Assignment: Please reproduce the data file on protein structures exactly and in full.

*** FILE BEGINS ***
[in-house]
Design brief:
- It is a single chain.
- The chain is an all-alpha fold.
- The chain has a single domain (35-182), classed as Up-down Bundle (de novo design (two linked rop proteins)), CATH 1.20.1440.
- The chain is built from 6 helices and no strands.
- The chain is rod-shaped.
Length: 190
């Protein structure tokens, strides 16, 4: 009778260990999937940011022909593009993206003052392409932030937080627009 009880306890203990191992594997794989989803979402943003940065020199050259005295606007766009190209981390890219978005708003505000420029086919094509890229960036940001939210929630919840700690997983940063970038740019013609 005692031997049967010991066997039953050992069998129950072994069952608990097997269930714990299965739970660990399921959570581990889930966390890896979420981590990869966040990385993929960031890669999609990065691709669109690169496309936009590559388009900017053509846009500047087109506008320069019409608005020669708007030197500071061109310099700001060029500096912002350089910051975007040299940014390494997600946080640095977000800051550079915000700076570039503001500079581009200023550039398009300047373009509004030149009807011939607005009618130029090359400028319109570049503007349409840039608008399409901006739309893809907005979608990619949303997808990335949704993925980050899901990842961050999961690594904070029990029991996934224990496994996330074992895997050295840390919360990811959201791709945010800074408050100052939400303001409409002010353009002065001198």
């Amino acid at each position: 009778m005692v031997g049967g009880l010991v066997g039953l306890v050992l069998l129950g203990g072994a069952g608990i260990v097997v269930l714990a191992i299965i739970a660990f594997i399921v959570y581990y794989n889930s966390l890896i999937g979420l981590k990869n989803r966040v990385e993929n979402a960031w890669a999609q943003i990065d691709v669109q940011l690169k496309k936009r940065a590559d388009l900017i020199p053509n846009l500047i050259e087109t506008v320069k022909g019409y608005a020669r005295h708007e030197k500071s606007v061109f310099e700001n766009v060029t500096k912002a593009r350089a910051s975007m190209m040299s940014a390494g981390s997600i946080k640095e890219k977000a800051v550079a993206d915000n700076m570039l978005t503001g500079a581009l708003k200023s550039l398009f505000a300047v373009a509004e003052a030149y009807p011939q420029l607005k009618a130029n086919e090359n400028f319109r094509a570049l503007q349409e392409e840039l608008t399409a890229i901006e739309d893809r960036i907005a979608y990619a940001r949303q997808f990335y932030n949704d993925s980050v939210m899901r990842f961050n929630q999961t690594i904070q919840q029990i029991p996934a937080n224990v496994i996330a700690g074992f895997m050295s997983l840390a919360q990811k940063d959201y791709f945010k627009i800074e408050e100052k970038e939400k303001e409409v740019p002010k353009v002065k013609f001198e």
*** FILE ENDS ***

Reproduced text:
[in-house]
Design brief:
- It is a single chain.
- The chain is an all-alpha fold.
- The chain has a single domain (35-182), classed as Up-down Bundle (de novo design (two linked rop proteins)), CATH 1.20.1440.
- The chain is built from 6 helices and no strands.
- The chain is rod-shaped.
Length: 190
């Protein structure tokens, strides 16, 4: 009778260990999937940011022909593009993206003052392409932030937080627009 009880306890203990191992594997794989989803979402943003940065020199050259005295606007766009190209981390890219978005708003505000420029086919094509890229960036940001939210929630919840700690997983940063970038740019013609 005692031997049967010991066997039953050992069998129950072994069952608990097997269930714990299965739970660990399921959570581990889930966390890896979420981590990869966040990385993929960031890669999609990065691709669109690169496309936009590559388009900017053509846009500047087109506008320069019409608005020669708007030197500071061109310099700001060029500096912002350089910051975007040299940014390494997600946080640095977000800051550079915000700076570039503001500079581009200023550039398009300047373009509004030149009807011939607005009618130029090359400028319109570049503007349409840039608008399409901006739309893809907005979608990619949303997808990335949704993925980050899901990842961050999961690594904070029990029991996934224990496994996330074992895997050295840390919360990811959201791709945010800074408050100052939400303001409409002010353009002065001198």
């Amino acid at each position: 009778m005692v031997g049967g009880l010991v066997g039953l306890v050992l069998l129950g203990g072994a069952g608990i260990v097997v269930l714990a191992i299965i739970a660990f594997i399921v959570y581990y794989n889930s966390l890896i999937g979420l981590k990869n989803r966040v990385e993929n979402a960031w890669a999609q943003i990065d691709v669109q940011l690169k496309k936009r940065a590559d388009l900017i020199p053509n846009l500047i050259e087109t506008v320069k022909g019409y608005a020669r005295h708007e030197k500071s606007v061109f310099e700001n766009v060029t500096k912002a593009r350089a910051s975007m190209m040299s940014a390494g981390s997600i946080k640095e890219k977000a800051v550079a993206d915000n700076m570039l978005t503001g500079a581009l708003k200023s550039l398009f505000a300047v373009a509004e003052a030149y009807p011939q420029l607005k009618a130029n086919e090359n400028f319109r094509a570049l503007q349409e392409e840039l608008t399409a890229i901006e739309d893809r960036i907005a979608y990619a940001r949303q997808f990335y932030n949704d993925s980050v939210m899901r990842f961050n929630q999961t690594i904070q919840q029990i029991p996934a937080n224990v496994i996330a700690g074992f895997m050295s997983l840390a919360q990811k940063d959201y791709f945010k627009i800074e408050e100052k970038e939400k303001e409409v740019p002010k353009v002065k013609f001198e």